Exxon sides with Russia?

Fuel Fix:
Exxon Mobil Corp. extended its partnership with Russia’s state-controlled oil company even as U.S. and European nations threaten additional sanctions to punish Vladimir Putin’s regime for its actions in Ukraine.

Exxon signed the agreement with OAO Rosneft Chief Executive Officer Igor Sechin at a forum in St. Petersburg today, extending a pact that involves drilling for crude in the Arctic and Siberia and liquefying natural gas for export in Russia’s Far East, according to a statement on Moscow-based Rosneft’s website. Exxon didn’t immediately return a phone message seeking comment.

Exxon is among American oil producers that rebuffed U.S. State Department pressure to skip the International Economic Forum this week in Putin’s hometown. With at least $30 billion already invested in Russia’s oil and gas sector, U.S. and European explorers are betting the Ukraine crisis won’t derail their aspirations to capture some of Russia’s 75 billion barrels of reserves.

France: Total signs shale deal with Russia’s Lukoil despite sanctions

Among U.S. companies, Irving, Texas-based Exxon is the biggest player in Russia, where it has a series of joint ventures with Rosneft. It already produces oil in Russia’s Far East with Rosneft and the two companies plan to start drilling an exploration well in the Kara Sea this year. Together they hold licenses to explore huge swathes of the Arctic Ocean.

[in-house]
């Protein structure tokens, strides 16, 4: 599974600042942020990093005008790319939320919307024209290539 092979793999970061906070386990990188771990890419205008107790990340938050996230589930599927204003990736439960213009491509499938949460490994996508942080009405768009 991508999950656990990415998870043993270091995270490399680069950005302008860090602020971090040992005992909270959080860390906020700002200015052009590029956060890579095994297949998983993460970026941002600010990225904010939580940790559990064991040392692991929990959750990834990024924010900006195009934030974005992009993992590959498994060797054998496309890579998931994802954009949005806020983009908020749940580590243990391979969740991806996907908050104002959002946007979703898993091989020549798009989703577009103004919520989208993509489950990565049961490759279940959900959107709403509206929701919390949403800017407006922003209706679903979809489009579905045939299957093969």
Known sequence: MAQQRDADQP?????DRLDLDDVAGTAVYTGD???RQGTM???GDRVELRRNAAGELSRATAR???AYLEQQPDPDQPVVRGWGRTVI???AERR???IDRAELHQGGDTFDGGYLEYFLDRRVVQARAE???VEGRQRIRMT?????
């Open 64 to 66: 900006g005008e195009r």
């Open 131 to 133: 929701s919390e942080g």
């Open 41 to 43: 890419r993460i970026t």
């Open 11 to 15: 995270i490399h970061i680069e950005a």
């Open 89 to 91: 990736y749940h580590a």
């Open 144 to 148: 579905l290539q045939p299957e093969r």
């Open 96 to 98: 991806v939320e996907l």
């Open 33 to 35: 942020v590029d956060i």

While sanctions against Russia have targeted individuals — including Sechin — and avoided industrywide measures, the U.S. has threatened stronger action if Putin’s government obstructs the Ukraine presidential election scheduled for May 25. Producers still plan to invest more in Russia, pursuing exploration in the Arctic Ocean and drilling shale oil fields in Siberia.

“Foreign companies are expected to invest billions of dollars in Russian projects,” said Timur Salikhov, an oil and gas analyst at BCS Financial Group. “I don’t think many of them will do so until there is resolution to the ongoing standoff with Ukraine.”
I find this disappointing.  I would rather see them make this kind of investment in the US and I suspect they would if the administration and the anti energy left were not blocking access to so much of the federally controlled sites.  It is still a risky proposition because Russia seems intent on its collision course with the West which would mean that sanctions could eventually cause the company to lose its investments in Russian projects.


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